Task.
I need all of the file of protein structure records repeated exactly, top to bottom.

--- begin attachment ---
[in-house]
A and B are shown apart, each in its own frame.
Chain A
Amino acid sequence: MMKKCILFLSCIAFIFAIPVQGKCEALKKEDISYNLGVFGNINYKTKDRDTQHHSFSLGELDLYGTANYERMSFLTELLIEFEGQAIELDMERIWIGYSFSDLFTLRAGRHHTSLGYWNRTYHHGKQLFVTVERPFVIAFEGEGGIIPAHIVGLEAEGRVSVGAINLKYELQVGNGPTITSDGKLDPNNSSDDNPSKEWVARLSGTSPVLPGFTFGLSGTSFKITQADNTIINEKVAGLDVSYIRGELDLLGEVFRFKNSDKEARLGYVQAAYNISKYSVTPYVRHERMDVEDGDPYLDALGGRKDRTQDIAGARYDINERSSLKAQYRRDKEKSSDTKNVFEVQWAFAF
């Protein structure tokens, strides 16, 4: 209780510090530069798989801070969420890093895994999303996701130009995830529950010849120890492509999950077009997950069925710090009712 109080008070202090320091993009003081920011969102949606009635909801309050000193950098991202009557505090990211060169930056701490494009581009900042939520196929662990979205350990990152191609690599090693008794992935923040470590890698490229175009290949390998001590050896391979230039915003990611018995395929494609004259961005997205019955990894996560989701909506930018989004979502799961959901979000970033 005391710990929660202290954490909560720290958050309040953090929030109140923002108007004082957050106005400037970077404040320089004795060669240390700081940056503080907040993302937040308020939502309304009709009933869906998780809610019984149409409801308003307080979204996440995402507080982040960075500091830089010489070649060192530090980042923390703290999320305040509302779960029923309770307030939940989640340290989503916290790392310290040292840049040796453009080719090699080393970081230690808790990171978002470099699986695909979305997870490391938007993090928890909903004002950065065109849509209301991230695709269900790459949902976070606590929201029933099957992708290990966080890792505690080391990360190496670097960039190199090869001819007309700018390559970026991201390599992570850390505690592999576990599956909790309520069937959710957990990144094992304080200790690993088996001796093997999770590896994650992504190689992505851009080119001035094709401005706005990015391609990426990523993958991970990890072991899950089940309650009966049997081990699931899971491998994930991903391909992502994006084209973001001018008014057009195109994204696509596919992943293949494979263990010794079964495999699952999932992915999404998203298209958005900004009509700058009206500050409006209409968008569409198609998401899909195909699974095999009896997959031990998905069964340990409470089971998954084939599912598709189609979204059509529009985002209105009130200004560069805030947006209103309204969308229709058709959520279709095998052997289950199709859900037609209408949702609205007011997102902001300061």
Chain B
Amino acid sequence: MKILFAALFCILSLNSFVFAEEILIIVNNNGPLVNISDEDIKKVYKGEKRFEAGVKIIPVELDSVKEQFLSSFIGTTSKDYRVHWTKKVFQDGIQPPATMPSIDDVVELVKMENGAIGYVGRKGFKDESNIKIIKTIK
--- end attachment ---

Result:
[in-house]
A and B are shown apart, each in its own frame.
Chain A
Amino acid sequence: MMKKCILFLSCIAFIFAIPVQGKCEALKKEDISYNLGVFGNINYKTKDRDTQHHSFSLGELDLYGTANYERMSFLTELLIEFEGQAIELDMERIWIGYSFSDLFTLRAGRHHTSLGYWNRTYHHGKQLFVTVERPFVIAFEGEGGIIPAHIVGLEAEGRVSVGAINLKYELQVGNGPTITSDGKLDPNNSSDDNPSKEWVARLSGTSPVLPGFTFGLSGTSFKITQADNTIINEKVAGLDVSYIRGELDLLGEVFRFKNSDKEARLGYVQAAYNISKYSVTPYVRHERMDVEDGDPYLDALGGRKDRTQDIAGARYDINERSSLKAQYRRDKEKSSDTKNVFEVQWAFAF
């Protein structure tokens, strides 16, 4: 209780510090530069798989801070969420890093895994999303996701130009995830529950010849120890492509999950077009997950069925710090009712 109080008070202090320091993009003081920011969102949606009635909801309050000193950098991202009557505090990211060169930056701490494009581009900042939520196929662990979205350990990152191609690599090693008794992935923040470590890698490229175009290949390998001590050896391979230039915003990611018995395929494609004259961005997205019955990894996560989701909506930018989004979502799961959901979000970033 005391710990929660202290954490909560720290958050309040953090929030109140923002108007004082957050106005400037970077404040320089004795060669240390700081940056503080907040993302937040308020939502309304009709009933869906998780809610019984149409409801308003307080979204996440995402507080982040960075500091830089010489070649060192530090980042923390703290999320305040509302779960029923309770307030939940989640340290989503916290790392310290040292840049040796453009080719090699080393970081230690808790990171978002470099699986695909979305997870490391938007993090928890909903004002950065065109849509209301991230695709269900790459949902976070606590929201029933099957992708290990966080890792505690080391990360190496670097960039190199090869001819007309700018390559970026991201390599992570850390505690592999576990599956909790309520069937959710957990990144094992304080200790690993088996001796093997999770590896994650992504190689992505851009080119001035094709401005706005990015391609990426990523993958991970990890072991899950089940309650009966049997081990699931899971491998994930991903391909992502994006084209973001001018008014057009195109994204696509596919992943293949494979263990010794079964495999699952999932992915999404998203298209958005900004009509700058009206500050409006209409968008569409198609998401899909195909699974095999009896997959031990998905069964340990409470089971998954084939599912598709189609979204059509529009985002209105009130200004560069805030947006209103309204969308229709058709959520279709095998052997289950199709859900037609209408949702609205007011997102902001300061």
Chain B
Amino acid sequence: MKILFAALFCILSLNSFVFAEEILIIVNNNGPLVNISDEDIKKVYKGEKRFEAGVKIIPVELDSVKEQFLSSFIGTTSKDYRVHWTKKVFQDGIQPPATMPSIDDVVELVKMENGAIGYVGRKGFKDESNIKIIKTIK